Historically, the interim market has moved at a much faster pace than the executive search market. Over the past five to ten years, the client-side interviewing and overall assessment process in the HR interim market has been changing, so that the difference between the executive search process is not as apparent as it once was.
The Old Interim Model
In days gone by, it would not be unusual for the Interim Manager to take a suitcase of clothes with them to the interview and, if successful, book a room at a local hotel and start work the following day!
Our interim process would produce a shortlist in a few working days from the client’s briefing, in which time we researched the pool of available talent and shortlisted potential candidates – all possible when working with a pre-screened and select portfolio of career Interim Managers.
Following the presentation of that shortlist, there would historically be a single client interview, following which a decision would be made within a matter of hours and the chosen candidate appointed.
The Hiring Process Has Changed
This whirlwind of a process is in stark contrast to a typical HR interim recruitment process today. While our turnaround has remained thorough but fast, the client-side assessment process is frequently much more protracted. It’s not particularly unusual for there to be three of four separate client meetings and even psychometric testing for an interim role.
So why is this happening? Isn’t the purpose of Interim Management to rapidly deploy experienced, usually overqualified, senior leaders into businesses as quickly and efficiently as possible?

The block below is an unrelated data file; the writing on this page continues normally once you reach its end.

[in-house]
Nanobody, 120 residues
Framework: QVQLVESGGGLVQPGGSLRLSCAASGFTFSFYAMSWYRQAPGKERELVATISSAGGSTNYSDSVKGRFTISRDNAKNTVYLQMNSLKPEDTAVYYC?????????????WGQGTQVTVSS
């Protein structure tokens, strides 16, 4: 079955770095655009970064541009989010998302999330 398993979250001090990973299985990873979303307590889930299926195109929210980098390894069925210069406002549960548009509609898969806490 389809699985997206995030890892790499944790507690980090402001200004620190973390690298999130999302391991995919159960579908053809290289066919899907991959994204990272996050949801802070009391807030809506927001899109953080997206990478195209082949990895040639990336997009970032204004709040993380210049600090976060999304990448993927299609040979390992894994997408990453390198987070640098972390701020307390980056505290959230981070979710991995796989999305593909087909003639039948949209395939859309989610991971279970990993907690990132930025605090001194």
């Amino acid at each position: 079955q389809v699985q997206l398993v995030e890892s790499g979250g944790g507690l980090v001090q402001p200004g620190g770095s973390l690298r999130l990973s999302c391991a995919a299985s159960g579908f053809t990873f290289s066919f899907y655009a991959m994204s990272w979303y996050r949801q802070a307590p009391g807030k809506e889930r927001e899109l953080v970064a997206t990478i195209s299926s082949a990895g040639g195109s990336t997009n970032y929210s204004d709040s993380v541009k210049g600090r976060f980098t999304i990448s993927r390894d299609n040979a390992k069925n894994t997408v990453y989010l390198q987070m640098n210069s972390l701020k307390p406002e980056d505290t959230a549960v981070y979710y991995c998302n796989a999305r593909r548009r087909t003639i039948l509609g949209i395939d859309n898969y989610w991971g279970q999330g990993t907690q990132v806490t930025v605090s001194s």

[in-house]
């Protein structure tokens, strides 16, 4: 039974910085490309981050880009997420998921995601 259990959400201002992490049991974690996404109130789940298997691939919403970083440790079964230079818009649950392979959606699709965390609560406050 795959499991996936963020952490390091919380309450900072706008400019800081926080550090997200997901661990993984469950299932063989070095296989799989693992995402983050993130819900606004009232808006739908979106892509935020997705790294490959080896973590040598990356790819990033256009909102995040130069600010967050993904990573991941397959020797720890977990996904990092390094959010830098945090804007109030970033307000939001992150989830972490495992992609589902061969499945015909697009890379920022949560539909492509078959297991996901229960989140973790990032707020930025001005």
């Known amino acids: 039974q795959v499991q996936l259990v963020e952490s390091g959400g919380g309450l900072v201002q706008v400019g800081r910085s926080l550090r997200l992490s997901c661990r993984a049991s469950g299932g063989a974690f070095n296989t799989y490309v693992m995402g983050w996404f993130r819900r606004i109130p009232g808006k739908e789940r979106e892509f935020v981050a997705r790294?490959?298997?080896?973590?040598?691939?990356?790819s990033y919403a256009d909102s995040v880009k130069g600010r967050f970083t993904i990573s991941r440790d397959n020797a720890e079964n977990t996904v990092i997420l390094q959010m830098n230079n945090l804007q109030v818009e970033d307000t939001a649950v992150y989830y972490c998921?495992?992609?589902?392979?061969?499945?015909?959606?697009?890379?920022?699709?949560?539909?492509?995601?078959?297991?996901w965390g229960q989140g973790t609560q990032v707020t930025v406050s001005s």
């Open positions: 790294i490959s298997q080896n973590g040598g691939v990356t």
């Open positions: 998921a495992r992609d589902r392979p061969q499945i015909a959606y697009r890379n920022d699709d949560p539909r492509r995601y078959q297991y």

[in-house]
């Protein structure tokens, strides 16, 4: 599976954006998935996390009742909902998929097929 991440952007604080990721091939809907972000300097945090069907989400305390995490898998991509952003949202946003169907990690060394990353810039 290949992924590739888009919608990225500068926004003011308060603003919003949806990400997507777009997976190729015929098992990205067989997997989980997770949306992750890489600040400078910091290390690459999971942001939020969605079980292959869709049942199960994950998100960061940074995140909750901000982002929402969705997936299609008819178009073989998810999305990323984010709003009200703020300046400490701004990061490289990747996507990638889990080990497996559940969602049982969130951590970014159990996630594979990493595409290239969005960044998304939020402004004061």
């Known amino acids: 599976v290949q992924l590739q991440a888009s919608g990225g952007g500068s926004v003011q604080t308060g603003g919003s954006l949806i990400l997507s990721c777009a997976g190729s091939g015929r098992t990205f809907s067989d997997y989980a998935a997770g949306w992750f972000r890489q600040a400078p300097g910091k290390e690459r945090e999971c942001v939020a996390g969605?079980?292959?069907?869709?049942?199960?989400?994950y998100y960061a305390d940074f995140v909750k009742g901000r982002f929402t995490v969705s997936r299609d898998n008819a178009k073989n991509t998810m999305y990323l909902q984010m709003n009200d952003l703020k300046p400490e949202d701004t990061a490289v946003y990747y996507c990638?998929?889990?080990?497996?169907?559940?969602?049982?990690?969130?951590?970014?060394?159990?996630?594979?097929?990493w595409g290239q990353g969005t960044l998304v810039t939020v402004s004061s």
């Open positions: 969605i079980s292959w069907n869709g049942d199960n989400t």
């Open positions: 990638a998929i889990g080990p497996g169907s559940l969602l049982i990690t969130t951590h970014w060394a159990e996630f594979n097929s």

This more thorough and elongated interviewing and assessment process is part of a wider trend in our market, and there are four broad reasons for this apparent change in the interim recruitment process:
The recession flooded the interim market with new candidates. We experienced periods at Savannah when we received up to two hundred applications a week to register with us and there are undoubtedly far more candidates interested in taking on an interim assignment than, say, ten years ago.
Many redundant senior executives erroneously perceived interim management as a quick and easy way to get a paid assignment while they looked for the next permanent position. Unfortunately, the reality couldn’t be further from the truth, and landing that first senior-level interim role in HR is rarely quick or easy. Some of these individuals had little or no understanding of the key attributes of a good interim (pace, objectivity, value, efficiency) resulting in an influx of unsuitable and under-qualified candidates.
We find that many clients today are most comfortable retaining a candidate with proven experience of successfully completing interim roles; someone who has previously parachuted into a similar situation and effected lasting change quickly. However, an important caveat to this is that we do meet a number of candidates with no previous interim experience but fantastic potential, and combined with a positive attitude and commitment to an interim role, they can add real value. Either way, the pool of talent available to the client community for interim roles has got bigger.
Nigel Turner is an experienced HRD having led transformation projects for Argos, Royal Mail and Northern Rock. Nigel points to changes in regulation in the 1990’s that freed up the hiring of temporary labour, and became the catalyst for the fluidity of the interim market that we see today. As the interim market has matured and become more sophisticated, the candidate pool has grown and become more compartmentalised with specialists in each area.
Choice is a good thing, but a perception of too much choice can slow decision-making, lead to uncertainty, and require lengthier interviewing processes to separate the average from the great.